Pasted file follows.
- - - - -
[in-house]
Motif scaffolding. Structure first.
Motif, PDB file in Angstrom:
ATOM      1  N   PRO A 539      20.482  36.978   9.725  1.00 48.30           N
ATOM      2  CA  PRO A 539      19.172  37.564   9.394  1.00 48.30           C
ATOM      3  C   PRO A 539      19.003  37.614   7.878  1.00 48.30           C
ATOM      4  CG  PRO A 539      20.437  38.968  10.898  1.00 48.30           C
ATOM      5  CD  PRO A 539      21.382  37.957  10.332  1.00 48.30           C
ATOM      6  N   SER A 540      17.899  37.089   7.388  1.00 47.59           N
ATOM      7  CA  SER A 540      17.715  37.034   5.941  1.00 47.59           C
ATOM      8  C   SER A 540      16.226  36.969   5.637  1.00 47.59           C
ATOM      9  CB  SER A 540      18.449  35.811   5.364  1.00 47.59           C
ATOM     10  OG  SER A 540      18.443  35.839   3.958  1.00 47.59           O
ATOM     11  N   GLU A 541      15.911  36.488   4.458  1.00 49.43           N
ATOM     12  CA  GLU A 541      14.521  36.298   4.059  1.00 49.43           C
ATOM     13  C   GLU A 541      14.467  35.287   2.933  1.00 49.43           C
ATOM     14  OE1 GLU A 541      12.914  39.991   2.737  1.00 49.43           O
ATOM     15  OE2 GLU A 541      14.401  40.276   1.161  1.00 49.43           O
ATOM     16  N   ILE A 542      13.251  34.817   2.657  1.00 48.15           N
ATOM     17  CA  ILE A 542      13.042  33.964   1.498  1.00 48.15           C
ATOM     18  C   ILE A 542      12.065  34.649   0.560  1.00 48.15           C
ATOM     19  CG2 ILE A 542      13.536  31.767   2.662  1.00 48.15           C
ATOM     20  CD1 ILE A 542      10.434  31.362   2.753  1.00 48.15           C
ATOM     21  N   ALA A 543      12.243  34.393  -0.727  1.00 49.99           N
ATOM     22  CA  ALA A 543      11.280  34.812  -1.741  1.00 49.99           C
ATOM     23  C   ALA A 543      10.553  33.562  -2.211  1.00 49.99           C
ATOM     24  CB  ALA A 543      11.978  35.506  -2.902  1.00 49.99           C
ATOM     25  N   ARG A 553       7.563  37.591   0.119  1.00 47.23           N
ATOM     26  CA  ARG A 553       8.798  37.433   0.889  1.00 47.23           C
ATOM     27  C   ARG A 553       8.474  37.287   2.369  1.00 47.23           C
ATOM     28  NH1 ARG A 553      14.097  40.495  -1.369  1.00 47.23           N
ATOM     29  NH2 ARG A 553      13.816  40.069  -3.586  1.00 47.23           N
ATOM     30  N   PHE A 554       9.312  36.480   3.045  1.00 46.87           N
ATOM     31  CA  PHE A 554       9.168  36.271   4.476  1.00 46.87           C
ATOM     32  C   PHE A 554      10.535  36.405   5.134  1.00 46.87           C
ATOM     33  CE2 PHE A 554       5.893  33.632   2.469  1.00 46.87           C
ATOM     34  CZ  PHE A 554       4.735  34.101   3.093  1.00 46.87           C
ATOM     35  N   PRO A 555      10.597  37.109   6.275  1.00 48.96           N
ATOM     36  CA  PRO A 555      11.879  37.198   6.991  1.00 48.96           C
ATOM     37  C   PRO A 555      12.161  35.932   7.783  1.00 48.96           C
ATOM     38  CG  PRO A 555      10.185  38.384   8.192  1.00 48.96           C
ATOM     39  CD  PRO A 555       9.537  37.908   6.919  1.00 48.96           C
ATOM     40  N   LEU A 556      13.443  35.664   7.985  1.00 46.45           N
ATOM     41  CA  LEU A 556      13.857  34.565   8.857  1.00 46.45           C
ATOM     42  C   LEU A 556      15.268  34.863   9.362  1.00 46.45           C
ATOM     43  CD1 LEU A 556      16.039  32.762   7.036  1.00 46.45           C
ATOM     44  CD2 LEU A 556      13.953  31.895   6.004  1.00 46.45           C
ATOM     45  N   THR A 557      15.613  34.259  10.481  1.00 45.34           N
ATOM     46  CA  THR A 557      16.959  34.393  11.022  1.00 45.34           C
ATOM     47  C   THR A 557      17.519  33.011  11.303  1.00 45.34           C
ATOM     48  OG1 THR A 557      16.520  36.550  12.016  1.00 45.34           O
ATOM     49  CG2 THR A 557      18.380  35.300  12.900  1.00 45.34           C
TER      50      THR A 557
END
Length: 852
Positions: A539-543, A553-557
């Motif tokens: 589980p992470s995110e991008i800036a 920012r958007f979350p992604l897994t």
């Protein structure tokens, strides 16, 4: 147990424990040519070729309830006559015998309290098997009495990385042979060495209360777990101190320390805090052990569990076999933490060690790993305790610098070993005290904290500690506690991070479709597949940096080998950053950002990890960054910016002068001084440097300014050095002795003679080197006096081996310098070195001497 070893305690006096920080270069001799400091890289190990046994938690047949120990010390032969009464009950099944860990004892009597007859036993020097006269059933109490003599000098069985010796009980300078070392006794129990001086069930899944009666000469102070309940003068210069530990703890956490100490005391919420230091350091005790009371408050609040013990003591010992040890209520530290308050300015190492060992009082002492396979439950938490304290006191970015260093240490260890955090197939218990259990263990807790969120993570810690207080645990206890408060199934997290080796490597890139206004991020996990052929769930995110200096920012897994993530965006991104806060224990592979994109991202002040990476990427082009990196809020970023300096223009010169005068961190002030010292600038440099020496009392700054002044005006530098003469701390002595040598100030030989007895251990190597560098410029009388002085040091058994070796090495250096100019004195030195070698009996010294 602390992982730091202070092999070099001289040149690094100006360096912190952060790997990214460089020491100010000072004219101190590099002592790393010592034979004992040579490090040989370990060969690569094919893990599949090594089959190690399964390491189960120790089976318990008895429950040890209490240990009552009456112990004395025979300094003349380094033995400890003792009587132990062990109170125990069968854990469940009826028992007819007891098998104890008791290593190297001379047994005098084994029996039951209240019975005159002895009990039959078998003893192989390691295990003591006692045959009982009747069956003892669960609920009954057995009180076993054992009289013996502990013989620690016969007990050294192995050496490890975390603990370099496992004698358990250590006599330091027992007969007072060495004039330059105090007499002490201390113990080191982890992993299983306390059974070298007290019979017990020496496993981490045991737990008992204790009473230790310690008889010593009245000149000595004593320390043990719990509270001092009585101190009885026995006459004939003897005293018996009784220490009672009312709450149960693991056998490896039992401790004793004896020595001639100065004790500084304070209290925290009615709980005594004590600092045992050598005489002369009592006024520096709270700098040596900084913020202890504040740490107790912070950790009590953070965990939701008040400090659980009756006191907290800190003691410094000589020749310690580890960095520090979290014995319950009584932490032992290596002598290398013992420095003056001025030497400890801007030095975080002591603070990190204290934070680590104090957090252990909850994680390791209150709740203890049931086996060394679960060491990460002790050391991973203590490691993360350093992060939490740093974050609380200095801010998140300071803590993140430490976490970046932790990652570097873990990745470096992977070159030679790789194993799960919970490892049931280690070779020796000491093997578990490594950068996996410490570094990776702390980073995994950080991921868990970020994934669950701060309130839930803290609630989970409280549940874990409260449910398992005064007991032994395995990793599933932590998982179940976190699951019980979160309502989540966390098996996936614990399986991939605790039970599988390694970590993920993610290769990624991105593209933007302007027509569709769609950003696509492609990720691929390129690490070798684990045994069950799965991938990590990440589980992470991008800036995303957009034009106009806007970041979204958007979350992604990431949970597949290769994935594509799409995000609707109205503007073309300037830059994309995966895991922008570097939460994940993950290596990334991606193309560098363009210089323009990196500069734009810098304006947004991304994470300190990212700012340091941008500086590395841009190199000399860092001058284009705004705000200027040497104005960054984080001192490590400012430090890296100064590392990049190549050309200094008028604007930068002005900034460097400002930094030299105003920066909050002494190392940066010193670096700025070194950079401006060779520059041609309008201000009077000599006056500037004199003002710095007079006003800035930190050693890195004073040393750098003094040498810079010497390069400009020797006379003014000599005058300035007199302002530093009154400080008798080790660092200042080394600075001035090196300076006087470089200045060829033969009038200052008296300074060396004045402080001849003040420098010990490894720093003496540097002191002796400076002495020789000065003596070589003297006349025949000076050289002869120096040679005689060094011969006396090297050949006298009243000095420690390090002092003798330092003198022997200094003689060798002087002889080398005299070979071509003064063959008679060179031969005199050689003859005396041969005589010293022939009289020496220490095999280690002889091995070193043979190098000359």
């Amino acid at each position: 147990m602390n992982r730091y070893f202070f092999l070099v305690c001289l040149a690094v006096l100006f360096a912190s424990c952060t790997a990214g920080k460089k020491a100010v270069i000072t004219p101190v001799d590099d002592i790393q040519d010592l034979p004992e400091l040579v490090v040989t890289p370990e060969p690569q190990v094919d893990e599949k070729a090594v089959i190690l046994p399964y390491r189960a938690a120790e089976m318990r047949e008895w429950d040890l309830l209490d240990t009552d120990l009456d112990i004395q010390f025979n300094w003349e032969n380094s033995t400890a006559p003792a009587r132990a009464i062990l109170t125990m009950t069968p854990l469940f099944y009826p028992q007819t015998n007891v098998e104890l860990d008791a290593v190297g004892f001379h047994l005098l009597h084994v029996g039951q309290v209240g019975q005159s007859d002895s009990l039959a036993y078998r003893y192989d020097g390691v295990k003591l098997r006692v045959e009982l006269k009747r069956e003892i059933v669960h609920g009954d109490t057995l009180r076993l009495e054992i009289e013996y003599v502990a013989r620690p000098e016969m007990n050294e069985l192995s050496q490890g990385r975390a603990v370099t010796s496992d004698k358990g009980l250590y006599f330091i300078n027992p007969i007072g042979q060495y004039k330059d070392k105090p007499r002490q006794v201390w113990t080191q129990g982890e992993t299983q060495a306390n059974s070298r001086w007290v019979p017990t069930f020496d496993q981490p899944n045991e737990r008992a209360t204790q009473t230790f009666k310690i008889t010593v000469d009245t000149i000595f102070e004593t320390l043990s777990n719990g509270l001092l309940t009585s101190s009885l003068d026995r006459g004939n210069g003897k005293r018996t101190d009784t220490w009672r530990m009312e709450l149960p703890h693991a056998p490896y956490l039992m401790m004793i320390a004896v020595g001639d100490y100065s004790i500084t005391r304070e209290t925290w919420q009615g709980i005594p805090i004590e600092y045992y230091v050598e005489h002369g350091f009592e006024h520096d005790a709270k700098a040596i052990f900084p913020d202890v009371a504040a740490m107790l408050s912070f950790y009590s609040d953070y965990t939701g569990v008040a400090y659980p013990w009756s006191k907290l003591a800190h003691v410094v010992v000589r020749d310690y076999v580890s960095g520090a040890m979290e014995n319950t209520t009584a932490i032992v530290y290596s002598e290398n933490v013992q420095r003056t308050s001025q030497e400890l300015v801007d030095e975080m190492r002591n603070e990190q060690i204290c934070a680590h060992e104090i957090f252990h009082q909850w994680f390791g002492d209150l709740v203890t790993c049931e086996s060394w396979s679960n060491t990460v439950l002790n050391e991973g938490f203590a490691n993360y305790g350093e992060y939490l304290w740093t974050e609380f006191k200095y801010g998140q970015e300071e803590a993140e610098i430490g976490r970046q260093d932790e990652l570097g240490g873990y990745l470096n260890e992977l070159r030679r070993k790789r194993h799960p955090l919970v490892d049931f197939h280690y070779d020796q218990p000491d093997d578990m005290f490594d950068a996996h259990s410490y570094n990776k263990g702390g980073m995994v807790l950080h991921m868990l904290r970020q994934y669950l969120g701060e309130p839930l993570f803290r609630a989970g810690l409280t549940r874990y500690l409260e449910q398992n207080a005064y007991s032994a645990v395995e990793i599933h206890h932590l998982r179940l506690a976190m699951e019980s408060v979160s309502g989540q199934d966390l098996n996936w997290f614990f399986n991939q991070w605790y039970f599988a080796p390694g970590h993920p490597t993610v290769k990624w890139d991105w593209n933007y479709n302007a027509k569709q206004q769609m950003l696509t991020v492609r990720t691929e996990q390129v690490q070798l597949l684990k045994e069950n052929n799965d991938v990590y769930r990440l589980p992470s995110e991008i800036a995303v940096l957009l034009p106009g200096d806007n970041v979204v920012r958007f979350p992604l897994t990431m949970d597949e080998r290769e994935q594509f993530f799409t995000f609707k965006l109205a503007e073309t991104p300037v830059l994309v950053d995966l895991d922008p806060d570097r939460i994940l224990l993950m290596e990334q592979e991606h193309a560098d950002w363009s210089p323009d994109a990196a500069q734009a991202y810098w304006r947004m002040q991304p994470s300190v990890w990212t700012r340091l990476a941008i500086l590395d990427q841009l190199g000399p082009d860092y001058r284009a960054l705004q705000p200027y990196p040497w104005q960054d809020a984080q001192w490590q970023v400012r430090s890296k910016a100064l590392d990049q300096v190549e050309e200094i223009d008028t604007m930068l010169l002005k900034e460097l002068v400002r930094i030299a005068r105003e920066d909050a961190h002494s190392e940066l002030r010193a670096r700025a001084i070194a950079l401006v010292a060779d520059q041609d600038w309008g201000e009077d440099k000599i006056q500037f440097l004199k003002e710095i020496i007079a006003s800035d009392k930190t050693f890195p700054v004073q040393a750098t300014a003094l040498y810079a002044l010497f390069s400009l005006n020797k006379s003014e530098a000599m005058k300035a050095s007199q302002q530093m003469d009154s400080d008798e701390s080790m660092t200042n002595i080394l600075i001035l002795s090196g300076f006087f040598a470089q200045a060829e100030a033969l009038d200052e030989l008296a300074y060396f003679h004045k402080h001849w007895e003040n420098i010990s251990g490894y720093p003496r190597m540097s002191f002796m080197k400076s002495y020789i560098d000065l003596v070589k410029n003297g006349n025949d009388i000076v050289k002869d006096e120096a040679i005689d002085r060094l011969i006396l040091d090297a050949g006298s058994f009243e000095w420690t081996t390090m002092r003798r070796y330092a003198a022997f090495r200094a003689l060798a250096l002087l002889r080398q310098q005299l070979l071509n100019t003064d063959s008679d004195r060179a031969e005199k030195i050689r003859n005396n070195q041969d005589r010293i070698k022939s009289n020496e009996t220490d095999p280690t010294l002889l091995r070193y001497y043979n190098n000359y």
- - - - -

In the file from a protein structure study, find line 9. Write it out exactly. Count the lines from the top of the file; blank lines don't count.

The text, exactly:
ATOM      6  N   SER A 540      17.899  37.089   7.388  1.00 47.59           N